Before making an offer, make sure you understand a few key things:

  • Will the candidate have any competing offers?
  • What’s their timing?
  • Do they have any reservations or concerns? Address these first.
  • Are there any obvious reasons why the candidate may not accept that they aren’t telling you? e.g., do they have a bonus or vesting where they need to stick around for a few more months?

Know these things. If you don’t, you’re flying blind.

As a litmus test of how ready a candidate may be, I like to use the 1-10 method. I’ll ask, “assuming we can iron out comp, on a scale of 1-10, how ready are you to accept an offer?”. The first few times, I heard many encouraging six and sevens and moved straight to offer. Literally, none of them accepted. Now, when I hear six or sevens, I know I have some ground to cover.

  • At the offer stage, anything less than a nine or ten means you have work to do.
  • The key is to ask follow-up questions to dig in. “What would it take to get you to an eight? A nine? A ten?”
  • The 1-10 technique can be a catch-all for things you didn’t discover initially or things that came up in the meantime.

Pre-offer checklist

Once you’re ready to make an offer, follow a basic pre-offer checklist:

  • Make sure you are 100% aligned on the role and title.
  • Know exactly how much cash/equity you plan to offer and how much wiggle room you have.
  • Have an email draft queued up and ready to send with the formal offer, so all you have to do is press send once you’ve presented it verbally.

Structuring an offer and negotiating compensation

Check out our dedicated guide to structuring an offer and negotiating compensation:

Compensation & Negotiation

Presenting an offer

When presenting an offer, you’ll want to present a verbal offer before sending a written offer. Talking through your offer verbally gives your candidate a chance to ask questions and gives you a chance to offer additional context and read their reactions — in-person or over video is always best. Just like in sales, we always present pricing proposals in person or over video because watching body language is key. Are they smiling? Are they leaning forward? Are they excited?

Lead with transparency, especially when it comes to equity. Try to figure out how much they understand about equity.

  • Have they worked at a startup before? Do they understand how options work? Do they understand dilution? Liquidity? Do they understand 409A price vs. preferred price?
  • If they don’t have a great understanding of equity, you can educate, which builds trust.
  • If they’re savvy, a lack of transparency is fatal because the candidate may think you’re trying to hide something.

We recommend taking a transparent approach to all of closing though. Startups are risky, and you are asking someone to put a lot of trust in you by joining your small startup. If you’re not willing to share “here are our biggest challenges,” “here are the milestones we need to hit to raise our next round,” “here’s our runway,” or if you’re dodgy about your revenue, you’ll lose credibility big time. The best people you want to work with will see right through it.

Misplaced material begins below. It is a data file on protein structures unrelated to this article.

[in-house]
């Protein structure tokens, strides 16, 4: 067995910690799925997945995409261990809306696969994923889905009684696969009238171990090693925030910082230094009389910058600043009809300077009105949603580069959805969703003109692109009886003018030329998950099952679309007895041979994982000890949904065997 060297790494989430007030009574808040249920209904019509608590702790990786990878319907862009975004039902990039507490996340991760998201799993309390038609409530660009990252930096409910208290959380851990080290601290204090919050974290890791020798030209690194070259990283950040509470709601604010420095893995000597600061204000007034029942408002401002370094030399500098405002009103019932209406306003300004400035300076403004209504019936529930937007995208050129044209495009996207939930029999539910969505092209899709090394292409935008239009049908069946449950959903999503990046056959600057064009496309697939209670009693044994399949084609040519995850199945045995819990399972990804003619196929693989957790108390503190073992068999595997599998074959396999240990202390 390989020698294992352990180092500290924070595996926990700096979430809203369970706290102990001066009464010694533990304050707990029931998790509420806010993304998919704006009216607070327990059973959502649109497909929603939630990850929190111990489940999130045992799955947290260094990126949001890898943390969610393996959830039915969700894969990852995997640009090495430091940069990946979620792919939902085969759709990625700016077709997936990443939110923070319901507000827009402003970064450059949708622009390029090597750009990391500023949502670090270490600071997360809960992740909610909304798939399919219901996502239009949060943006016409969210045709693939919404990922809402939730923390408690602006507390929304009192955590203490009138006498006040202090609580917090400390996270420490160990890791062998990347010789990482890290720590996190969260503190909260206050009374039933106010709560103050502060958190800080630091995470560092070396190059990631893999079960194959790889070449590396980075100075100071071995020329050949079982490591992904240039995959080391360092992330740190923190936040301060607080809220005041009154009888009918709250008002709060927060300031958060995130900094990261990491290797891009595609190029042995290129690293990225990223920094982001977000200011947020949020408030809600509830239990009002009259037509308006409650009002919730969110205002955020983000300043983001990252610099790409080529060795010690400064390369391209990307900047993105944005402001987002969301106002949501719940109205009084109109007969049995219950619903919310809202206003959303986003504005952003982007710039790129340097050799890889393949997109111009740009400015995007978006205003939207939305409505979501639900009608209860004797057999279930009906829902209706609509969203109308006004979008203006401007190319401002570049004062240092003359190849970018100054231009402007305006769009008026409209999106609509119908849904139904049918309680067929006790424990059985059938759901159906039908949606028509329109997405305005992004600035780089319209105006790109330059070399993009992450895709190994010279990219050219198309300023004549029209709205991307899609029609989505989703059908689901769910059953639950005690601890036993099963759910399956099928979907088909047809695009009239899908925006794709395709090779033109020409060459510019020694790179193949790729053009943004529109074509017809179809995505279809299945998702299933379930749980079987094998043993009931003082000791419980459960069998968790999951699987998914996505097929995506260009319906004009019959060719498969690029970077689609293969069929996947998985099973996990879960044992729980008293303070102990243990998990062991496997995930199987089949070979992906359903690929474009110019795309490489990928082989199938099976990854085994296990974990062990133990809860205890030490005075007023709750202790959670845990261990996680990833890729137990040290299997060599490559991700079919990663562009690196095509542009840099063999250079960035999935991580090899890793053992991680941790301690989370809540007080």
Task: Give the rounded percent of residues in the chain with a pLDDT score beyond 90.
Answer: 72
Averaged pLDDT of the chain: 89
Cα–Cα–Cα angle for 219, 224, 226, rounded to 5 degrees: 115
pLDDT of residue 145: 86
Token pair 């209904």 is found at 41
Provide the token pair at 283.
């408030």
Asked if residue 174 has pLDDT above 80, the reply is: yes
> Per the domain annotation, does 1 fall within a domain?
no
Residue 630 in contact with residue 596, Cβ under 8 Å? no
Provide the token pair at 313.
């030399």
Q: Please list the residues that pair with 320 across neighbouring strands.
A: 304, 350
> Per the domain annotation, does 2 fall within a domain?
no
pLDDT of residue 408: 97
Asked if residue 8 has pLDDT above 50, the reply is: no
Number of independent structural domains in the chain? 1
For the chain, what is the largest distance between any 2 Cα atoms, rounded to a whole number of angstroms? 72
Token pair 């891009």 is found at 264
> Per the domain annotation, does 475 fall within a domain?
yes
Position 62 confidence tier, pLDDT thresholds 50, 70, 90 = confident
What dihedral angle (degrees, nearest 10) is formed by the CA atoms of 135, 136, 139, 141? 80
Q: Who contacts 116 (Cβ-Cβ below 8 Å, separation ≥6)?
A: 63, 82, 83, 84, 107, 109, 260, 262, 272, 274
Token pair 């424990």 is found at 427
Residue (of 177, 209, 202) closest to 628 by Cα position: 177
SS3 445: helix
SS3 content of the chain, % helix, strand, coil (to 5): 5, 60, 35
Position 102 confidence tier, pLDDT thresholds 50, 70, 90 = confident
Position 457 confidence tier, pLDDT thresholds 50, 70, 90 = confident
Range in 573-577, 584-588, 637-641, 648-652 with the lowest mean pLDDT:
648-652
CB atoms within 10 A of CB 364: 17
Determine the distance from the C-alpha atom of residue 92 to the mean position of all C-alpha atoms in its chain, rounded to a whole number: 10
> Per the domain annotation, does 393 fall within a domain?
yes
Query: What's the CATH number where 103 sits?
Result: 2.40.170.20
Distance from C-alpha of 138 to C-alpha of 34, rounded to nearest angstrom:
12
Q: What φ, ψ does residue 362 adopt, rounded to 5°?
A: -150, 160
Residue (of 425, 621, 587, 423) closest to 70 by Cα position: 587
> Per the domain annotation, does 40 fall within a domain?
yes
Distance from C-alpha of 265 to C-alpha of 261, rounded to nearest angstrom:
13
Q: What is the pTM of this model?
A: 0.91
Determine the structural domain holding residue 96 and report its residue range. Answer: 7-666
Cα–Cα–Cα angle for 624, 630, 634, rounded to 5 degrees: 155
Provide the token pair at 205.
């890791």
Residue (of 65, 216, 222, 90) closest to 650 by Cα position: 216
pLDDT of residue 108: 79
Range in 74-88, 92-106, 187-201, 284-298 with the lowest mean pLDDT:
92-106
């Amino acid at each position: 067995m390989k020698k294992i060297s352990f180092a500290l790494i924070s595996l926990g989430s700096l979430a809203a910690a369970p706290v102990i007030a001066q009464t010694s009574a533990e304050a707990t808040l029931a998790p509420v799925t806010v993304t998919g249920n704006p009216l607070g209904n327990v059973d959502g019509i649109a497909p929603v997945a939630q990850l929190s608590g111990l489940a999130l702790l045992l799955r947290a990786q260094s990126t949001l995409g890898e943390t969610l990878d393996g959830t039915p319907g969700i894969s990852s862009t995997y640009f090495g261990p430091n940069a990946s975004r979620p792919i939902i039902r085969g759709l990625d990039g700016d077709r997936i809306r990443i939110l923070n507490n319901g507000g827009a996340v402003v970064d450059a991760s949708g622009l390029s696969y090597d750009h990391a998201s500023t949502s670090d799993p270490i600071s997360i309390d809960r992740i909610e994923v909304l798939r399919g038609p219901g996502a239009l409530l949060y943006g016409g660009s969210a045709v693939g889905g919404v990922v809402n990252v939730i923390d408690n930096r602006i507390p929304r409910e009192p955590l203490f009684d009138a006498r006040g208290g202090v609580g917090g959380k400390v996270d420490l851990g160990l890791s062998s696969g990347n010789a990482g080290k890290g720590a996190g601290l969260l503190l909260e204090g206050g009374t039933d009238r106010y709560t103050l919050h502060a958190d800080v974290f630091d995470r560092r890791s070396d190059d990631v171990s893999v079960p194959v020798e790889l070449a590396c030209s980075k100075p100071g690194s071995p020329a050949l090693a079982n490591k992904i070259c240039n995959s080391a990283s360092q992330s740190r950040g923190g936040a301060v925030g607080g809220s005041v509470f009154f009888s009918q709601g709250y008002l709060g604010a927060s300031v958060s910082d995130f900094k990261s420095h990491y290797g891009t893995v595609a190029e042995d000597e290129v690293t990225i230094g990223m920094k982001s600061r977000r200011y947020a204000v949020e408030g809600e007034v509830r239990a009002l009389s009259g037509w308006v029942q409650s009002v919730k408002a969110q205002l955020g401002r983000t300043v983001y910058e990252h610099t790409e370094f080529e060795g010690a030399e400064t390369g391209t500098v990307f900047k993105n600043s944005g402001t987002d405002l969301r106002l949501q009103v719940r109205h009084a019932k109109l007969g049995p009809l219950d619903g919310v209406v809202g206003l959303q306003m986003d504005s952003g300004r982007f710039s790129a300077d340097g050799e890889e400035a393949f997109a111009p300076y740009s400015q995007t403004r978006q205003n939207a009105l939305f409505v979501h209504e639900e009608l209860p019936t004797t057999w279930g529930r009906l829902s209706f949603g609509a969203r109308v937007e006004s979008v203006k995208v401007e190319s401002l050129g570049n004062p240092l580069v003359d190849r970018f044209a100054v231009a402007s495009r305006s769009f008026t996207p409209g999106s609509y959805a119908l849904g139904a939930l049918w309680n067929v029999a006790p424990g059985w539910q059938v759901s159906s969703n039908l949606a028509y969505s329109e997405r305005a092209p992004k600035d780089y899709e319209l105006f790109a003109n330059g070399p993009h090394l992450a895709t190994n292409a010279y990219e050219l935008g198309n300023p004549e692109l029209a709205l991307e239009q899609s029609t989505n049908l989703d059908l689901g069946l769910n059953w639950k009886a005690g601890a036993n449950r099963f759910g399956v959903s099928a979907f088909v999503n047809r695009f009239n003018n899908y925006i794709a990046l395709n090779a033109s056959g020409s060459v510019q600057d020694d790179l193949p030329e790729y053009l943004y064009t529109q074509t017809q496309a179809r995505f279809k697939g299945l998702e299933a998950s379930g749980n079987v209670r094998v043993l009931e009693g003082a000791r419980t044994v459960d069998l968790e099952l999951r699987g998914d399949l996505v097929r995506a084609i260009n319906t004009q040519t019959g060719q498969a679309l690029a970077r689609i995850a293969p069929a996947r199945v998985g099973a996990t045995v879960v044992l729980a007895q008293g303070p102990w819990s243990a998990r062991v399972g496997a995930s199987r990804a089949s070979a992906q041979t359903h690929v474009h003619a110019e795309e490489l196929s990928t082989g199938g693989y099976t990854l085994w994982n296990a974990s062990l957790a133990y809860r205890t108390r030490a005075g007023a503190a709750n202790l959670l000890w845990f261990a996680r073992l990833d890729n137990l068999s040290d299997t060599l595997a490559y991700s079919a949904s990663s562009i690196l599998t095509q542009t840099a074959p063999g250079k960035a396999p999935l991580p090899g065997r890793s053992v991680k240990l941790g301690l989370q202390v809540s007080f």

After presenting the offer, ask this simple question — “We’re all SUPER excited to work with you. Is there anything else we can do to get you onboard?” — sometimes, you get a simple answer and may even be able to close them on the spot (e.g., bumping their base by $5k or paying for an online course they want to take). If you don’t ask, you’ll never know.

After the offer

It’s all hands on deck, so involve the whole team:

  • Even if they didn’t chat 1-1 with your entire team, have everyone send them a congrats email.
  • Dinners are another great way for everyone on your team to get a touchpoint.
  • Consider sending them a card signed by the team.
  • At Gem, we send a video montage from different members of the team.

Lean on people outside of your team for external validation. Investors, board members, advisors, and even mutual friends can be a great way to offer an “outsider” perspective. I’m surprised at how few companies leverage their investors in this way. We offered a chat with our lead investor from Accel, Dan Levine, for everyone on our founding team. Dan still hops on calls with a ton of candidates (especially leadership hires). Good advisors and investors will be excited about this because helping you close your early team is one of the highest-impact things anyone can do.

You could even consider involving your customers. We had customers hop on calls with most of our early customer-facing roles and every leadership hire. Hearing their enthusiasm for your product and team will be contagious!

Get creative with your offer

At Gem, we always look for ways to get creative at the offer stage and move mountains to close. We’ve bought refundable plane/EDC tickets, introduced a candidate to the Silicon Valley producers, and even recorded an original Justin Beiber music video parody for a candidate when we discovered she enjoyed playing guitar and recording cover songs.

For example, we learned early on that one of our early engineering candidates really liked to travel hack, where you use points to fly first class around the world. We found out there was a certain airline he wanted to fly for a while, but could never use points, so we booked him a refundable first-class ticket to Paris to give him along with his offer letter.

He was blown away by the personal touch and came onboard. Guess what? He told all his smart engineering friends about this baller trip he took as part of signing with Gem and now have several more travel hacker friends that have joined since. This may sound extravagant, but we thought of it as a much more thoughtful version of a ~$5k signing bonus.